Day 1 of 5: Braving a Broken Heart
You’re blessed when you feel you’ve lost what is most dear to you. Only then can you be embraced by the One most dear to you.
~Matthew 5:4 (MSG)
It’s difficult for me to write about the topics of pain, sorrow, illness, death, loss, grief, and mourning right now because I have personally been battling with all of these things in my whole soul for what seems to be an unending season.
Currently, I am part of my 93-year-old grandmother’s hospice care team. I am not a nurse; I am even better for her than a nurse because my motive is love. I would do anything for my dying grandmother who is currently residing with my parents.
My grandmother was like a second mother to me growing up. When I was a kid, I would ride my bike two blocks to visit her several times a week. She would give me a cold soda, which was awesome because my parents did not keep soda in our house.
We would sit on her old-school couch and play the card game “Rummy” over and over again; she taught me the game when I was around five-years-old. Grandma cannot play cards at all anymore; what I wouldn’t give to have one more game of Rummy with her.
Now that grandma is stuck in a chair all day long and is completely dependent on others taking care of her, my health-conscious mom is strict about giving my grandmother soda (just like she was with my sister and me growing up). So, I make sure I bring grandma some soda every time I am scheduled to care for her. Grandma may not be able to play Rummy anymore, but we can still sit, chat, and drink soda together.
Not only is my heart breaking while watching my grandmother literally pass away in front of my very eyes, it is also breaking over the tragic and sudden loss of Rachel Held Evans.
Last Saturday (May 4th), while caring for my dying grandmother, I found out that one of my greatest spiritual inspirations, and perhaps our generation’s most impactful voice in the global Christian Church, passed away at 37-years-old. “RHE” left behind a loving husband, a daughter who is almost one-year-old, and a son who is three-years-old.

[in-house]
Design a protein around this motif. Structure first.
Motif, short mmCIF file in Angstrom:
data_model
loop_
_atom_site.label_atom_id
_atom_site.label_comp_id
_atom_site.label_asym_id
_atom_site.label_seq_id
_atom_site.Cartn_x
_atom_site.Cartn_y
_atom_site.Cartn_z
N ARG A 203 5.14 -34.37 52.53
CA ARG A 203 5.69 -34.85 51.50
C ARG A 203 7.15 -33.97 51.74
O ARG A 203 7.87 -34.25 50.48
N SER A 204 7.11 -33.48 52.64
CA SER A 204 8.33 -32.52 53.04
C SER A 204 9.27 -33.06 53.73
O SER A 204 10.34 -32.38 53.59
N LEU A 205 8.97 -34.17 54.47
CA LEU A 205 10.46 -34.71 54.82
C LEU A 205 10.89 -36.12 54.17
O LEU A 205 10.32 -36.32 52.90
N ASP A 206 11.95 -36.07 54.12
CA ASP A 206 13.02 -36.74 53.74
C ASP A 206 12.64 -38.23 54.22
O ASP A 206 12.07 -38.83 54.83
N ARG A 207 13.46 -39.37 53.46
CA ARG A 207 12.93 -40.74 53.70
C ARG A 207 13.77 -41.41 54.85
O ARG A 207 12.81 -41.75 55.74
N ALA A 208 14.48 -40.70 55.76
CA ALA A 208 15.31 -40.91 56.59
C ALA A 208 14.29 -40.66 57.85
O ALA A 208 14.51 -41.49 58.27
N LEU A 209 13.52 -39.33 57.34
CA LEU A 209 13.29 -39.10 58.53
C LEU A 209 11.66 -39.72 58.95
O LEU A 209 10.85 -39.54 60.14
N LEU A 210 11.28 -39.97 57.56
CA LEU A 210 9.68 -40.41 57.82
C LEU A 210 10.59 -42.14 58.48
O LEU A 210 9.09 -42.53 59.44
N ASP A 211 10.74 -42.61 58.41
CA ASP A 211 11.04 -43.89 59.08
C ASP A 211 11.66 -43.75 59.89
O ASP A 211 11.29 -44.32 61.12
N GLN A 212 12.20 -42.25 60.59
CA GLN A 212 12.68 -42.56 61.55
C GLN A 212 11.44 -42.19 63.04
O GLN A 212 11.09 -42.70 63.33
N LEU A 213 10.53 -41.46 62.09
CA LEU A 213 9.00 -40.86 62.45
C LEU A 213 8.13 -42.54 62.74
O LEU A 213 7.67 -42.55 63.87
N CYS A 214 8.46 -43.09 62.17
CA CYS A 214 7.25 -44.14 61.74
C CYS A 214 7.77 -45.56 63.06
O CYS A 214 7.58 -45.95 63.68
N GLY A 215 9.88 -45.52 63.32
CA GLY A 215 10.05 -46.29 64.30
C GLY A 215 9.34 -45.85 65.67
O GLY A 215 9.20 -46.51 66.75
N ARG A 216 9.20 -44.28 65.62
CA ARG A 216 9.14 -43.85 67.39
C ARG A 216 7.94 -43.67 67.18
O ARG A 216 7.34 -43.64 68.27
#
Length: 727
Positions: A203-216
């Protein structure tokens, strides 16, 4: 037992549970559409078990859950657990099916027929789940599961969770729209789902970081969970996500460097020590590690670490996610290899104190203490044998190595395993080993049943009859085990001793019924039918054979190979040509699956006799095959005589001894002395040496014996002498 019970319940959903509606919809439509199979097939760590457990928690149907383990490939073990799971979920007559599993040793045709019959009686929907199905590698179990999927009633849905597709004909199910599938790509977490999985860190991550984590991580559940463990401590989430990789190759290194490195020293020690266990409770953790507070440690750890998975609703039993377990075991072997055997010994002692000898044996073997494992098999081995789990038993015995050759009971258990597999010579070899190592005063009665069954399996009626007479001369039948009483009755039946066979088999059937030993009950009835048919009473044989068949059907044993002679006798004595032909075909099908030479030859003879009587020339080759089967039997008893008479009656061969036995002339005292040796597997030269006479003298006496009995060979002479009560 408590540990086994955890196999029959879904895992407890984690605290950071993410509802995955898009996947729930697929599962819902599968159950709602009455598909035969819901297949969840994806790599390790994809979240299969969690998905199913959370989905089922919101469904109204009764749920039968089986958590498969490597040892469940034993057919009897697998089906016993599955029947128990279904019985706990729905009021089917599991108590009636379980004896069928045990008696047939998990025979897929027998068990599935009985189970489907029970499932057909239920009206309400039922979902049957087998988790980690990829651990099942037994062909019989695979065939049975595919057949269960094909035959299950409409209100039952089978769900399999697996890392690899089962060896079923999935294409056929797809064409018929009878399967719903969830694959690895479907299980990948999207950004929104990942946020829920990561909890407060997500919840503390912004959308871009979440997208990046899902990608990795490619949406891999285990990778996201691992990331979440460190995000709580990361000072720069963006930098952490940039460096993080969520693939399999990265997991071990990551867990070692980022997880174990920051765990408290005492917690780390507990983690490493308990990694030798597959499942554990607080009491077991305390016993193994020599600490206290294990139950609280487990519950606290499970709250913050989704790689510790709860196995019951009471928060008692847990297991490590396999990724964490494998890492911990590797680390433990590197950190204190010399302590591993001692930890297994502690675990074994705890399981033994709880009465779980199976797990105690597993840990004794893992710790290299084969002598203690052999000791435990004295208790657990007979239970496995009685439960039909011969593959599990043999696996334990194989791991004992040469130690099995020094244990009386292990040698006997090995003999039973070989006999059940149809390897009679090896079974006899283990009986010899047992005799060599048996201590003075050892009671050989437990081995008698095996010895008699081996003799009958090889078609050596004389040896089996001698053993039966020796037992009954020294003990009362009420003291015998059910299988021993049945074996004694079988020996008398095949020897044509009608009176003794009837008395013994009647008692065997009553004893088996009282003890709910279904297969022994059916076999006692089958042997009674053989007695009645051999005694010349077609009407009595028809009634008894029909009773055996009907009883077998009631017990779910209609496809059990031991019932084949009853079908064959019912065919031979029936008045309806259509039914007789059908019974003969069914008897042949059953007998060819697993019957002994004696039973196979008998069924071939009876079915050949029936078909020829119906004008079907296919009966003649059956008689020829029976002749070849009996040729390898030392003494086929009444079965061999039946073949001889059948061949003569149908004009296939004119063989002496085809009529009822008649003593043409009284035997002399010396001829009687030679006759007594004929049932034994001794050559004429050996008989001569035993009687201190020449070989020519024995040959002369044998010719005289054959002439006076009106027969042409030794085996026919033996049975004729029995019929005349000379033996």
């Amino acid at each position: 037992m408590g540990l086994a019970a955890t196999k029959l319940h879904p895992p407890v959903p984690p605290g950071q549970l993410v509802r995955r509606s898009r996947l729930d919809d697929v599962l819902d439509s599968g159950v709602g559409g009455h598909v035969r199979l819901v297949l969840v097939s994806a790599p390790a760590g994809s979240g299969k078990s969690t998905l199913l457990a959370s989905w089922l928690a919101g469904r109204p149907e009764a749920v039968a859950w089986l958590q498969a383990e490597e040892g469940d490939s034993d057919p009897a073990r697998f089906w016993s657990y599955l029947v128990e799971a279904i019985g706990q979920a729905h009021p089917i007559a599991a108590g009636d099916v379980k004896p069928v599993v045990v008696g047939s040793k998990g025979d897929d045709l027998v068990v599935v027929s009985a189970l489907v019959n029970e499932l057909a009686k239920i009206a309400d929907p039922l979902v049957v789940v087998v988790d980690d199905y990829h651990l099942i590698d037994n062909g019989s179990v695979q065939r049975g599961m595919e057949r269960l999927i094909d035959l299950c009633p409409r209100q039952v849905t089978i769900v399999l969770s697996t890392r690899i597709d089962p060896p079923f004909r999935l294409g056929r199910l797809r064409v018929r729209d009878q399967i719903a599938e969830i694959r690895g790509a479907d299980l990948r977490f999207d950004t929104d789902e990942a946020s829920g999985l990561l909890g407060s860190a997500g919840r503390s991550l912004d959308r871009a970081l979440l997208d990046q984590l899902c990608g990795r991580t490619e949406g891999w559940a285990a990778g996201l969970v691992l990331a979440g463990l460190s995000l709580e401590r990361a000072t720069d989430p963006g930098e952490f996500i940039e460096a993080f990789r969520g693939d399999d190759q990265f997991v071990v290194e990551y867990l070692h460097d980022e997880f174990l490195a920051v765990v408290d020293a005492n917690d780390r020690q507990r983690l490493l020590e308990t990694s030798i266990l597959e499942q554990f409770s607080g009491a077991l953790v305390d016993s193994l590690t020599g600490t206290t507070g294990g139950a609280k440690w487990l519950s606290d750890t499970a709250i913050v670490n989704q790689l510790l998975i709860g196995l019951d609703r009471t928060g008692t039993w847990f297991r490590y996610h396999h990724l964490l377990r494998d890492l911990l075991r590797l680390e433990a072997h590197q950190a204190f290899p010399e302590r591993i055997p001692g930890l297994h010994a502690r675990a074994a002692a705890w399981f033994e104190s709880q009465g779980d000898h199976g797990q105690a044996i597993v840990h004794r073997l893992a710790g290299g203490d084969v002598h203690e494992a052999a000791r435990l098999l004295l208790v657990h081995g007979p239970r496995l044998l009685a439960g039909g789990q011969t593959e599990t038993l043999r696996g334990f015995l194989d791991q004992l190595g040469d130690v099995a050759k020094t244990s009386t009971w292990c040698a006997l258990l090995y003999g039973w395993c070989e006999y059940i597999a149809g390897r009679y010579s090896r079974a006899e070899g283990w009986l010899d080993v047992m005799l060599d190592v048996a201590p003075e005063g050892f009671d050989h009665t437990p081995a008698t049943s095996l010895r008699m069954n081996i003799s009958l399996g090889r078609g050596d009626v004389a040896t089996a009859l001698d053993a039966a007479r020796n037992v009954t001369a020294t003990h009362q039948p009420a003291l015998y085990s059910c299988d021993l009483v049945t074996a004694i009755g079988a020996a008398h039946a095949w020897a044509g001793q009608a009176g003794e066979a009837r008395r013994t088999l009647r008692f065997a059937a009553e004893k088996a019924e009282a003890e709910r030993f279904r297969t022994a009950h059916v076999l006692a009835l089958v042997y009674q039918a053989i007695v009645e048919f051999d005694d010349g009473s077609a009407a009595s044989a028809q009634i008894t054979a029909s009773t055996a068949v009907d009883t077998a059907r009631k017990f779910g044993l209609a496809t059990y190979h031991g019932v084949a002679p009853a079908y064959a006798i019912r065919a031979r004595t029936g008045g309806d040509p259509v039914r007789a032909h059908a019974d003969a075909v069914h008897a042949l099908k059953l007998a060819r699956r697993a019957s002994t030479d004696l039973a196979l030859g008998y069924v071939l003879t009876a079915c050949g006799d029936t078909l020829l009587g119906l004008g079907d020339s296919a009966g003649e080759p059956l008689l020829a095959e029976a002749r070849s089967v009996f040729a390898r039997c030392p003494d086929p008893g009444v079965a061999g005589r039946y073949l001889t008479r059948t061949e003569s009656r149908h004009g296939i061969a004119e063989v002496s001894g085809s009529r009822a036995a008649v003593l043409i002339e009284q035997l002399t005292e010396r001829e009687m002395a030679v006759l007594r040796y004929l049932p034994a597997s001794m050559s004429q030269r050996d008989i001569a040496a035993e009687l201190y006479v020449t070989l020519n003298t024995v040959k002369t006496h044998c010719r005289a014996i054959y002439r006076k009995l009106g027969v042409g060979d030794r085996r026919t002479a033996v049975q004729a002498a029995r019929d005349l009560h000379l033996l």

Losing Rachel, who profoundly and effectively advocated and spoke up for many of us who have been bruised by the established church, is heart-wrenching and confusing for many of us who followed Rachel’s life and work closely (especially when it comes to reconciling all of this pain, sorrow, illness, death, loss, grief, and mourning with our faith; but as I said on Twitter the following Sunday (May 5th) after we lost Rachel:
Today I am telling myself that it’s OK to be sad & confused.
Life doesn’t have to make sense on this dreary day.
I don’t have to understand all the “why’s” and “how’s” right now.
If Rachel taught us anything, it’s that there is room for our doubt.
If you need permission today, my grieving and mourning friends; it is OK to feel all of your brokenness. Many of us grew up in a society that tells us to suppress, ignore and numb our sad and confusing feelings, but I am here to tell you today that not only is it healthy to allow yourself to feel all of the pain, there is also a major spiritual perk that leads to wholeness of heart again, and that is that God is always close to the broken hearted.
__The LORD is near to the brokenhearted And saves those who are crushed in spirit.
~Psalm 34:18 (NASB)